The main objectives of this lab

are to work through the procedural steps involved in Thevenin’s theorem, verify

the values obtained by measuring them using the multimeter, finally to

construct Thevenin equivalent circuit.

The equipment used in this lab:

· Regulated DC supply

· Mutimeter

· Breadboard

· Resistors (100?( ´ 2),

1k?( ´

7), 1.5k?, 2.2k?( ´

3), 3.3k?, 4.7k? and 10k?)

Figure 1

The theorem can be used to

analyse networks with sources that ae not in series or parallel and to minimize

the number of components required to put in place the same characteristics at

the output terminals. The theory behind this theorem is to simplify any complex

circuit. It expresses that for a linear electrical system any blend of voltages

sources, current sources and resistors with two terminals can be diminished to

one voltage source, one current source and one resistor since it is

electrically identical. However, when you simplify the circuit, some

calculations need to be done to obtain the values for the Thevenin equivalent

circuit. Firstly, we will need to remove that part of the network where the Thévenin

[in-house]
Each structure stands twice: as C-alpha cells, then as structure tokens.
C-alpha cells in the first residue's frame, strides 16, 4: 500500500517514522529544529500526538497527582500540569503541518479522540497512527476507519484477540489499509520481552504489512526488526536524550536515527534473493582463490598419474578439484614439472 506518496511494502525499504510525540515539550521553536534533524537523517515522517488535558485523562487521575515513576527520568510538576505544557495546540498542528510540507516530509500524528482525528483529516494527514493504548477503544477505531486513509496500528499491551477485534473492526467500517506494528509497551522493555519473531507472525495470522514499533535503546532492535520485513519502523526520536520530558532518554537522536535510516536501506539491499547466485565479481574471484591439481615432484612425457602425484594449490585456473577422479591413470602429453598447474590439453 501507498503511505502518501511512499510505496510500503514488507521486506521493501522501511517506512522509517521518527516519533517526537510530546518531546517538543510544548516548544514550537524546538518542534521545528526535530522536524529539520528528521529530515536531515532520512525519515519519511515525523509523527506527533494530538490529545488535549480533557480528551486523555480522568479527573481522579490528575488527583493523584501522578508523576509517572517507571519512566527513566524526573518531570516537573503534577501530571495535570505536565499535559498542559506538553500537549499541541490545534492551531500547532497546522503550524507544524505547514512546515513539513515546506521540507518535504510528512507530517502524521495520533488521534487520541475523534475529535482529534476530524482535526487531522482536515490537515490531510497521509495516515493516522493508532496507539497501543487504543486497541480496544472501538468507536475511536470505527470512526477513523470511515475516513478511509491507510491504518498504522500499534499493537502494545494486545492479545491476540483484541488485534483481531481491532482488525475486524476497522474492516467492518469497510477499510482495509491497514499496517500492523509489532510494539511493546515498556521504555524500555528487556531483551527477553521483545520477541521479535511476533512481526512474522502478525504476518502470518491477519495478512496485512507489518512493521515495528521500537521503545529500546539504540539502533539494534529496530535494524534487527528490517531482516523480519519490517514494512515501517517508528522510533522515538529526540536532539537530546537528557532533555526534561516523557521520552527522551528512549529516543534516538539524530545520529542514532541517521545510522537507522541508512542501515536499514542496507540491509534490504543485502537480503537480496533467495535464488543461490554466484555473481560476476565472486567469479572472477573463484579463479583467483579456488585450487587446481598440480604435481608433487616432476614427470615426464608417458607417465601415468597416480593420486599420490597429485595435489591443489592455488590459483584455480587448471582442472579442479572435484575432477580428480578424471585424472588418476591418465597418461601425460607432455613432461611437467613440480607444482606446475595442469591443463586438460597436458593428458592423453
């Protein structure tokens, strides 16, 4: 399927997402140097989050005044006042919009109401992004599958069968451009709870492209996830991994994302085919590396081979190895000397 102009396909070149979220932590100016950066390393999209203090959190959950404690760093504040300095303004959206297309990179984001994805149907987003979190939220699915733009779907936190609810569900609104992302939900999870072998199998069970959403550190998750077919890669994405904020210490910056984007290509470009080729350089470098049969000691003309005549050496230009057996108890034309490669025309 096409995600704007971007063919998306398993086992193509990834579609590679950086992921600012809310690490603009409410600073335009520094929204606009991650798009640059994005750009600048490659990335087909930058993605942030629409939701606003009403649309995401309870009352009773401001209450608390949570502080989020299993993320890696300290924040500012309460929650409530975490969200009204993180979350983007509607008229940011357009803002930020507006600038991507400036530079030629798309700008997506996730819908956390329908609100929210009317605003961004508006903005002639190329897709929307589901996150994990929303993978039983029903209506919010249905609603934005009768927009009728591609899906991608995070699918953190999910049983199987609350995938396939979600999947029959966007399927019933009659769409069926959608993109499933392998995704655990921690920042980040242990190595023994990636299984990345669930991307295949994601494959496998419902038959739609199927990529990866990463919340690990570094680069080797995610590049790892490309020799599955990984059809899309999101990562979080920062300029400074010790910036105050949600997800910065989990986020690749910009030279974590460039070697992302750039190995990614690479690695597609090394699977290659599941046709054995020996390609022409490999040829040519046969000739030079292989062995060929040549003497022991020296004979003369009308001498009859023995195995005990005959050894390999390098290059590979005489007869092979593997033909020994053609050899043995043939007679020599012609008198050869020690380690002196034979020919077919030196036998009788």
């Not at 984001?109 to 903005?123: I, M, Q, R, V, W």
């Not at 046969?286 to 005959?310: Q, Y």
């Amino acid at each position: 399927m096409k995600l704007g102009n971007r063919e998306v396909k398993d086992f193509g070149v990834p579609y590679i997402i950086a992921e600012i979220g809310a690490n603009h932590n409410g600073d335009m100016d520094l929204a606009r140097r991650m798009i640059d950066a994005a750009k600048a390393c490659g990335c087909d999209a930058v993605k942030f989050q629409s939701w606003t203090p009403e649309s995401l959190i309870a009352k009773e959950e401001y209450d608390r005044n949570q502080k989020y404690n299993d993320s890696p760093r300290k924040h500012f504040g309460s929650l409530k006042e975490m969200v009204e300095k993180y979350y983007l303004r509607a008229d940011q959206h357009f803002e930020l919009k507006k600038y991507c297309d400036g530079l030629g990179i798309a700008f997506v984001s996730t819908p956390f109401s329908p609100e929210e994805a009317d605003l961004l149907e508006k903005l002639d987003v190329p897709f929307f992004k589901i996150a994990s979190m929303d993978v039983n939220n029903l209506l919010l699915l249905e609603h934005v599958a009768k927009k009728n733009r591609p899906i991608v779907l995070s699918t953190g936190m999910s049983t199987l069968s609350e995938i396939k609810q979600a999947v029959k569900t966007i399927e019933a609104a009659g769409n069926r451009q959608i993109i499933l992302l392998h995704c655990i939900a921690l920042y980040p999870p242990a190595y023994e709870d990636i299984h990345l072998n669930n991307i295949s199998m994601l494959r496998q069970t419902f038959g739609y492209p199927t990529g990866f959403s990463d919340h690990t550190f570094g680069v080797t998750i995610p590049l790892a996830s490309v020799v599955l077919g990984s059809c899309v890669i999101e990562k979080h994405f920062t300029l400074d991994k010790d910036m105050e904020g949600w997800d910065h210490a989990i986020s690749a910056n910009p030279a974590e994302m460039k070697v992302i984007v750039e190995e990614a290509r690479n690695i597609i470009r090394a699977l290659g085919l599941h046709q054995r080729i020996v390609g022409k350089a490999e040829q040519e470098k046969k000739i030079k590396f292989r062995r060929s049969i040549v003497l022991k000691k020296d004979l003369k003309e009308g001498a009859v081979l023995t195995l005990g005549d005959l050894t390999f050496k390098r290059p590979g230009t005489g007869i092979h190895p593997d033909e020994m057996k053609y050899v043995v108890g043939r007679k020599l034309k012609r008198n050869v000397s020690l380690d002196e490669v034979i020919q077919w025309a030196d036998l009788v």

equivalent circuit is found. Afterwards, to calculate RTH we need to

set all sources to zero, that means that voltage sources need to be replaced by

short circuits and current sources by open circuits, then find the resultant

resistance between the two terminals. Then, to calculate VTH, we must

reset all the sources to their original state and then find the open-circuit

voltage between the marked terminals. Finally, to calculate the current we use

the formula .

to clarify the situation, Figure 1 is going to be our example.

Finally, Thevenin

theory is here to say that we can go from a difficult circuit to analyse to an

easy circuit to analyse.

This lab will help us

understand this theory more by proving Thevenin’s theory in a practical

experiment.